Personal Finance

Chart your own path in the race to stand out in the crowd. FILE PHOTO | NMG 

As a girl, I was raised not to speak loudly. It was improper for women, and especially young ones to speak loudly. More so in the presence of men. When I later joined the workforce, I quickly learned that a diminished voice communicated a lack of confidence, poor communication and even a sign of low to a complete lack of intelligence. Ironically as an executive coach now, I am not only asked to but I get paid to speak. Loudly.

By the age of 15, I had been trained to cook, clean and keep the house well. I had skills and would find a good husband who wouldn’t send me back to my village causing untold embarrassment to the family, my mother said. At 27, I had a near-marriage-experience. My attempt at marriage failed in spite of my impeccable home-making skills.

As a schoolgirl, I was repeatedly advised to study very hard in order to get a good job in the future. Later, I had what would have been considered a good job at my level but it simply wasn’t enough. I realised that I didn’t want a job. I wanted to create jobs and have them done a particular way to attract particular clients ready to pay particularly well for it.

I plunged into entrepreneurship in 2002. A former employer told me that I’d made a mistake to leave my job to get into such a crowded field.

I was so broke at the time and literally playing hide and seek with auctioneers at my house but I knew without any previous personal experience that I was onto something.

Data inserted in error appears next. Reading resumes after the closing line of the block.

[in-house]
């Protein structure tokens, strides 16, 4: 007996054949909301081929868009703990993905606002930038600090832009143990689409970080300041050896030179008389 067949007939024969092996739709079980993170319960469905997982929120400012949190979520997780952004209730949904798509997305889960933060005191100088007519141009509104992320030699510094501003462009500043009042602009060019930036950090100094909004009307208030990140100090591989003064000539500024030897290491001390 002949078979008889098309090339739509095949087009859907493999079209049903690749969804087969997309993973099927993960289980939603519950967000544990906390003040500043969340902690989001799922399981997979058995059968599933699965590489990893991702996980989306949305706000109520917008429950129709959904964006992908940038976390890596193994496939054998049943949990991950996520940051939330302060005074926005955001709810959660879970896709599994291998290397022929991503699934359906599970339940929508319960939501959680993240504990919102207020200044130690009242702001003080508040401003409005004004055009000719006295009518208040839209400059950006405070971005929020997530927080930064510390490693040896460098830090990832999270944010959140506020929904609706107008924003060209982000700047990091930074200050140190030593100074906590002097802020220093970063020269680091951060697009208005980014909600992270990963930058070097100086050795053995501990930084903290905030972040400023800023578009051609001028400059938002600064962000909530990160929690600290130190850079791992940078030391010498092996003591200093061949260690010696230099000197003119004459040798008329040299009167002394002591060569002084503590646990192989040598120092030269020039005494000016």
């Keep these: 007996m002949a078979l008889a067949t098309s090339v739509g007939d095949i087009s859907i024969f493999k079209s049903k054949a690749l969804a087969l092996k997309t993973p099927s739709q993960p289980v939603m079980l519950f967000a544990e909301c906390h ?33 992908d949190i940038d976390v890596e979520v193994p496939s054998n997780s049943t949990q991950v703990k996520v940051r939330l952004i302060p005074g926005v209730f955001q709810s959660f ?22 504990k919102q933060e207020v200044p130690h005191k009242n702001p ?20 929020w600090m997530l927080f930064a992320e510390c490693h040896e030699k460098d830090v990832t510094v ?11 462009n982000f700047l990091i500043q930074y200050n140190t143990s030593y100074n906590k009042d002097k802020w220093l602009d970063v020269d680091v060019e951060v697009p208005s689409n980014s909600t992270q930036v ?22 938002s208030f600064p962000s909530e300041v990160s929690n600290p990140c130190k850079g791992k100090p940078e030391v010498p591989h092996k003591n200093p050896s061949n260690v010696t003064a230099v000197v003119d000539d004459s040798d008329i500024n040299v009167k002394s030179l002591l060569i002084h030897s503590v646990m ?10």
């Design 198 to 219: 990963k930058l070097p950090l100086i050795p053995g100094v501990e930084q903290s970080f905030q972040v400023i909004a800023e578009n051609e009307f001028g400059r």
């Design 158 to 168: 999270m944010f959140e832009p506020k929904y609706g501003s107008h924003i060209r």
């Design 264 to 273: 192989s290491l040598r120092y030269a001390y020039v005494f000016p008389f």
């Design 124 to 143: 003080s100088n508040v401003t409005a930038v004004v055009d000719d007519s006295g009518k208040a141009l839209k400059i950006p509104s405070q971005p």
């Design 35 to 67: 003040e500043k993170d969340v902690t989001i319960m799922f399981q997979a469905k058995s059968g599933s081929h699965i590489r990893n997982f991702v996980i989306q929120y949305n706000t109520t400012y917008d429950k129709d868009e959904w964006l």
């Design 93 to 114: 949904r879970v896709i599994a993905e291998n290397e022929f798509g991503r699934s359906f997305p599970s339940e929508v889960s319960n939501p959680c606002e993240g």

So in spite of my profound respect for him, I didn’t heed his words. Yes, like you, I too was taught to respect my elders but I respectfully went against that valuable counsel.


Six months later, I pleasantly realised that he had been as right as he had been wrong. Advertising is indeed a very crowded field. It is so crowded with customers that 16 years later today, I still wonder why I didn’t start the business earlier than I did!

Please understand me; I am very thankful. I love and will forever be grateful to my mother, my entire family, my teachers, peers, and all the great people at whose feet I have had the privilege of receiving their valuable instruction over the years.

However, you and I have been taught to believe that being different is wrong. Maybe it is. I want you to have trouble with the assumption that what most people do, what most people have and the way most people are, is the right way. If that were anywhere near true, most people would be wildly productive, successful and ecstatic about their lives. That is NOT the case. There very few truly productive people and even fewer successful people while happy people are a rumour.

The few who are productive, successful and happy are the people who dare to do the seemingly unusual, abnormal, uncomfortable and even unexciting things. They deliberately and continually do the things that most people do not like to do. These people belong to the rare breed that is willing, able and ready to go across the grain, to rock the boats of normalcy, to stick out like sore thumbs and look crazy to the rest of the world to become the best.

We envy, admire and even try to emulate them when we finally come to the realisation that being different is good! What is your difference? When you compete on academic achievement, years of experience and the number of multi-nationals you’ve worked for, you lower your playing field allowing any Otieno, Wanjiku and Mueni to compete with you for opportunities.

What is the edge that you have over others? What is your unique personal and professional proposition? This is what you need to highlight in every interaction with potential employers and business partners. With it, you not only become the only logical candidate but also the SI unit by which others are measured.

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